Rebecca Jane Grant





Project #-1655

Phoebe Faucette

Hampton County



Folklore



[HW: Grant, Rebecca Jane]

NINETY TWO YEAR OLD NEGRO TELLS OF EARLY LIFE AS SLAVE





In Hampton County at Lena, S.C., there lives an old negro woman who has

just passed her ninety-second birthday, and tells of those days long ago

when man was bound to man and families were torn apart against their

will. Slowly she draws the curtain of Time from those would-be-forgotten

scenes of long ago that cannot ever be entirely obliterated from the

memory.



"Well, just what is it you want to hear about, Missus?"



"Anything, everything, Auntie, that you remember about the old days

before the Civil War. Just what you've told your grand-daughter, May,

and her friend, Alice, here, many times, is what I want to hear."



"Tell her, mamma," said Alice with a whoop of laughter, "about the time

when your Missus sent you to the store with a note!"



"Oh that! Not that Missus?"



"Yes, Auntie that!"



"Well, I was just a little girl about eight years old, staying in

Beaufort at de Missus' house, polishing her brass andirons, and

scrubbing her floors, when one morning she say to me, 'Janie, take this

note down to Mr. Wilcox Wholesale Store on Bay Street, and fetch me back

de package de clerk gie (give) you.'



"I took de note. De man read it, and he say, 'Uh-huh'. Den he turn away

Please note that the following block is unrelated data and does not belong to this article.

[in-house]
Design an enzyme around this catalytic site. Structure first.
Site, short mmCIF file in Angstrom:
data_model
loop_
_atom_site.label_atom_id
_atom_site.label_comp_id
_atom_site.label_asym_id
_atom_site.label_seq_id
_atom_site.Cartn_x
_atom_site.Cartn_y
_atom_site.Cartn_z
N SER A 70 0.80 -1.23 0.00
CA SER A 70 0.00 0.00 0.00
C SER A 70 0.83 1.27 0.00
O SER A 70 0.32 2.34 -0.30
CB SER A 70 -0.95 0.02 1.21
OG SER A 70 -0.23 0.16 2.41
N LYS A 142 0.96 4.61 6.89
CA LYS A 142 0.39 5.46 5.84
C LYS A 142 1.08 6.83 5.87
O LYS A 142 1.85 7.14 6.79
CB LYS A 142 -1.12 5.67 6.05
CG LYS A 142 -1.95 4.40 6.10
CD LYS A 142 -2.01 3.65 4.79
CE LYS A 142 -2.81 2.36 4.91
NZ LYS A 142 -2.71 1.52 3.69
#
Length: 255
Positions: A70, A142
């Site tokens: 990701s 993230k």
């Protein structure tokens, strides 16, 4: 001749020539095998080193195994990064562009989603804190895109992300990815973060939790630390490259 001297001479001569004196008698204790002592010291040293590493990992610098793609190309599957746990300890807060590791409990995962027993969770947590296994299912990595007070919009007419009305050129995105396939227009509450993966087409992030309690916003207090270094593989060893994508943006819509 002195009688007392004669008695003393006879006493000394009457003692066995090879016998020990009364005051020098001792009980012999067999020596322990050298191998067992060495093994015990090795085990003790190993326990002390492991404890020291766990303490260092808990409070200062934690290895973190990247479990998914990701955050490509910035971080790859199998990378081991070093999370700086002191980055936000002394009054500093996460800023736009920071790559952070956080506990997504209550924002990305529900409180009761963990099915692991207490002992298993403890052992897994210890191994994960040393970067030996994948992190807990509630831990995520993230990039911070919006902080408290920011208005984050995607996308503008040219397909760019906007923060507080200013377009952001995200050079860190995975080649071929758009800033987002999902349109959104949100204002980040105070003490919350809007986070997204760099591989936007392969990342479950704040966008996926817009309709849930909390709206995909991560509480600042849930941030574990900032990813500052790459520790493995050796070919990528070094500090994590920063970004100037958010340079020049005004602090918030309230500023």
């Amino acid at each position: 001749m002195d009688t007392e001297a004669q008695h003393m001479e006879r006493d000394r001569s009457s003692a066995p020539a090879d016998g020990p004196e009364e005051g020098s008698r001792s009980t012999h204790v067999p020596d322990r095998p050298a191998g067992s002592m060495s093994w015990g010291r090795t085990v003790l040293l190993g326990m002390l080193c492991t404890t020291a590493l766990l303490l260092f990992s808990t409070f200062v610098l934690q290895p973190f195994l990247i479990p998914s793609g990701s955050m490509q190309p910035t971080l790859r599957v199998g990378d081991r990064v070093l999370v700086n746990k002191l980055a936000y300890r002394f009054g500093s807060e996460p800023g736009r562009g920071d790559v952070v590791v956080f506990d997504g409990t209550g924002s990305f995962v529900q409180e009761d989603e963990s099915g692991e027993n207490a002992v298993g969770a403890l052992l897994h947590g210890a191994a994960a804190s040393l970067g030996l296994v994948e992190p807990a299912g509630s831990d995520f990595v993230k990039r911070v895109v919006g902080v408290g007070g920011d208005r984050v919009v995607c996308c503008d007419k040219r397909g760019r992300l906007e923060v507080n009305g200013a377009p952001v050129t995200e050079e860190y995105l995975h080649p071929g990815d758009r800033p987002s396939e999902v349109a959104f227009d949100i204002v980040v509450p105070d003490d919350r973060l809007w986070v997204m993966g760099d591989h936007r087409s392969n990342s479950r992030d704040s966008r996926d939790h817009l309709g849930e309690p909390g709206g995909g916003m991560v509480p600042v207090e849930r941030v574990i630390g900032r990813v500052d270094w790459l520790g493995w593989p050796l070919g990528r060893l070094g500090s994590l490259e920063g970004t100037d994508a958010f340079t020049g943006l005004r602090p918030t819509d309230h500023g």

and he come back wid a little package which I took back to de Missus.



"She open it when I bring it in, and say, 'Go upstairs, Miss!'



"It was a raw cowhide strap bout two feet long, and she started to

pourin' it on me all de way up stairs. I didn't know what she was

whippin' me bout; but she pour it on, and she pour it on.



"Turrectly she say, 'You can't say "Marse Henry", Miss? You can't say,

"Marse Henry"!'



"Yes'm. Yes'm. I kin say. 'Marse Henry'!



"Marse Henry was just a little boy bout three or four years old. Come

bout halfway up to me. Wanted me to say Massa to him, a baby!"



"How did you happen to go to Beaufort, Auntie? You told me you were

raised right here in Hampton County on the Stark Plantation."



"I was, Miss. But my mother and four of us children (another was born

soon afterwards) were sold to Mr. Robert Oswald in Beaufort. I was de

oldest, then there was brother Ben, sister Delia, sister Elmira, and

brother Joe that was born in Beaufort. My father belong to Marse Tom

Willingham; but my mother belong to another white man. Marse Tom was

always trying to buy us so we could all be together, but de man wouldn't

sell us to him. Marse Tom was a Christian gentleman! I believe he seek

religion same as any colored person. And pray! Oh, that was a blessed

white man! A blessed white man! And Miss Mamie, his daughter, was a

Christian lady. Every Wednesday afternoon she'd fill her basket with

coffee, tea, sugar, tobacco and such things, and go round to de houses

where dere was old folks or sick folks. She'd give um de things; and

she'd read de scriptures to um, and she'd kneel down and pray for um.

But we had to leave all de folks we knew when we was took to Beaufort.



"All of us chillun, too little to work, used to have to stay at de

'Street'. Dey'd have some old folks to look after us--some old man, or

some old woman. Dey'd clean off a place on de ground near de washpot

where dey cooked de peas, clean it off real clean, den pile de peas out

dere on de ground for us to eat. We'd pick um up in our hands and begin

to eat. Sometimes dey'd cook hoe cakes in a fire of coals. Dey'd mix a

little water with de meal and make a stiff dough that could be patted

into shape with de hands. De cakes would be put right into the fire, and